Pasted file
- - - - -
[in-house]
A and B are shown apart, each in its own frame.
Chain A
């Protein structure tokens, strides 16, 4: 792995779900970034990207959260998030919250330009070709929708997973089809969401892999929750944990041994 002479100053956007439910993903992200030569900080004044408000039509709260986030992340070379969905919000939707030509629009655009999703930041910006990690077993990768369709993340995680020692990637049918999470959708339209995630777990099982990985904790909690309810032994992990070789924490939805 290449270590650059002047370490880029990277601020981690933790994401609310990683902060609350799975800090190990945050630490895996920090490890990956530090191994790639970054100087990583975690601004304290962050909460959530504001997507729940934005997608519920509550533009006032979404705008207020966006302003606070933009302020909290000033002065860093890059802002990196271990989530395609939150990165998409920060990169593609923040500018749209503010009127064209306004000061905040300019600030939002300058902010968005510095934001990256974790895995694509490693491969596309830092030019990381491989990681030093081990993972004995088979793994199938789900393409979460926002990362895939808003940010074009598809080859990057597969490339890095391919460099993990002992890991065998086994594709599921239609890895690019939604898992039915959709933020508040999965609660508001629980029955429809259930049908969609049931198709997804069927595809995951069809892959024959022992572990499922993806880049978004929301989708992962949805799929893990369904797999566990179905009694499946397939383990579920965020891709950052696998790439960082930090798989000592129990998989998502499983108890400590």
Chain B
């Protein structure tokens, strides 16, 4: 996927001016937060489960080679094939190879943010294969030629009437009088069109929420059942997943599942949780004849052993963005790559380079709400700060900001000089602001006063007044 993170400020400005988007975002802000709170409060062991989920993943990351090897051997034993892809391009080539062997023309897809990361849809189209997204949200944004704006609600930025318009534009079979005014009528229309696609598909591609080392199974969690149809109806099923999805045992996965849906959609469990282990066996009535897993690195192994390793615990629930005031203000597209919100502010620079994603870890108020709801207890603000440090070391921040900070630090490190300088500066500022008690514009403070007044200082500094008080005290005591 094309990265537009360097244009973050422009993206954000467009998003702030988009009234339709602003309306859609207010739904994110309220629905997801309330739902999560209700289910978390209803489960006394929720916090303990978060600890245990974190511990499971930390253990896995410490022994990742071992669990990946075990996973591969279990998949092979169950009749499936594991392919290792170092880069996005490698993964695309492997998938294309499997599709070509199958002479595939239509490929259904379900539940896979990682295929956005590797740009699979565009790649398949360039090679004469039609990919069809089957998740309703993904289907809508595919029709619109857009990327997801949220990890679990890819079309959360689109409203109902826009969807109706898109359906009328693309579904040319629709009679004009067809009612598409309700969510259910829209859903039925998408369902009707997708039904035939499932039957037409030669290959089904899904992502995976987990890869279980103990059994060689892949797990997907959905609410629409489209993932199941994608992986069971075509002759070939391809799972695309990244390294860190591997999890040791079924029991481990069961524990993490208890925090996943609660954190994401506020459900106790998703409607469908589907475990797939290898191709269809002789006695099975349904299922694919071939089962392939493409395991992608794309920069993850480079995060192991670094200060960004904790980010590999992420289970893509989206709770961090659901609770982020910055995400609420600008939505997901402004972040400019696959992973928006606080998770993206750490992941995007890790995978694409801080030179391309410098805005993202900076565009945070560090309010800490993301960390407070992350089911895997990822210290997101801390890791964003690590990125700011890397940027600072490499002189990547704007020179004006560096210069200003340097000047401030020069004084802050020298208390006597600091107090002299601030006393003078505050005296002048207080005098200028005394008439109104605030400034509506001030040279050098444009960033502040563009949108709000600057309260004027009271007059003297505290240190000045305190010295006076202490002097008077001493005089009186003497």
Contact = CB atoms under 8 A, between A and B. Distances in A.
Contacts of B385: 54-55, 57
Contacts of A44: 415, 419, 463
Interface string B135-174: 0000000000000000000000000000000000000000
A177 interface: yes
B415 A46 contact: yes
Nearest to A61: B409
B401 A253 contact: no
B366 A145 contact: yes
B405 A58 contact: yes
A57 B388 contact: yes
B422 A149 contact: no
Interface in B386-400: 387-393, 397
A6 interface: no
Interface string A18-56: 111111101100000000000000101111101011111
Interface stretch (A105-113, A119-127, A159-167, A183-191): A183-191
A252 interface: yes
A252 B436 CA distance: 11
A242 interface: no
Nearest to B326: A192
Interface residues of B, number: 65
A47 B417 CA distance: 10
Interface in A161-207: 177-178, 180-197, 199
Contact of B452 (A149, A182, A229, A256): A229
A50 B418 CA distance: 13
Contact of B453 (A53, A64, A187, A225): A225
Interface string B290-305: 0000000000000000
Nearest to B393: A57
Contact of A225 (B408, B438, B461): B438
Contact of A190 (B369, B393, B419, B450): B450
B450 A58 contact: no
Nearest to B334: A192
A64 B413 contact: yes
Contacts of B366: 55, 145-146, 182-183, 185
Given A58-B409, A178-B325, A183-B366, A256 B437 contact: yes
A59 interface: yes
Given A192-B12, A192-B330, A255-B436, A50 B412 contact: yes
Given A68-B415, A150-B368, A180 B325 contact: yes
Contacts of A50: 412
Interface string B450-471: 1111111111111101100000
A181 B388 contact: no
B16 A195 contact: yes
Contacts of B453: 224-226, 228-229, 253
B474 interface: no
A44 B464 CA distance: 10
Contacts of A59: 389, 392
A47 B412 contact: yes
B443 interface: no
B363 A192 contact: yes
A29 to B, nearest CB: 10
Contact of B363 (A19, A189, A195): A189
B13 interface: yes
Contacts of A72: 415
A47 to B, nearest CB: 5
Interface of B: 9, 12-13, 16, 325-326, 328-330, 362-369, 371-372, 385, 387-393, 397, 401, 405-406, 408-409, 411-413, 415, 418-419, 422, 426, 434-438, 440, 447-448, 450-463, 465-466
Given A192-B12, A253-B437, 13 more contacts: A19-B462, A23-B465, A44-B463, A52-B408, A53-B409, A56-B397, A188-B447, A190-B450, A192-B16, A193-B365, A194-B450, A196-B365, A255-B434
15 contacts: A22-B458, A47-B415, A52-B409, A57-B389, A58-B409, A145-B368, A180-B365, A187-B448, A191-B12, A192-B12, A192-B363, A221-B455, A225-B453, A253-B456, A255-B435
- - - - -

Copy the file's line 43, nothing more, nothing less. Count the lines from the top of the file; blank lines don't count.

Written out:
Given A192-B12, A192-B330, A255-B436, A50 B412 contact: yes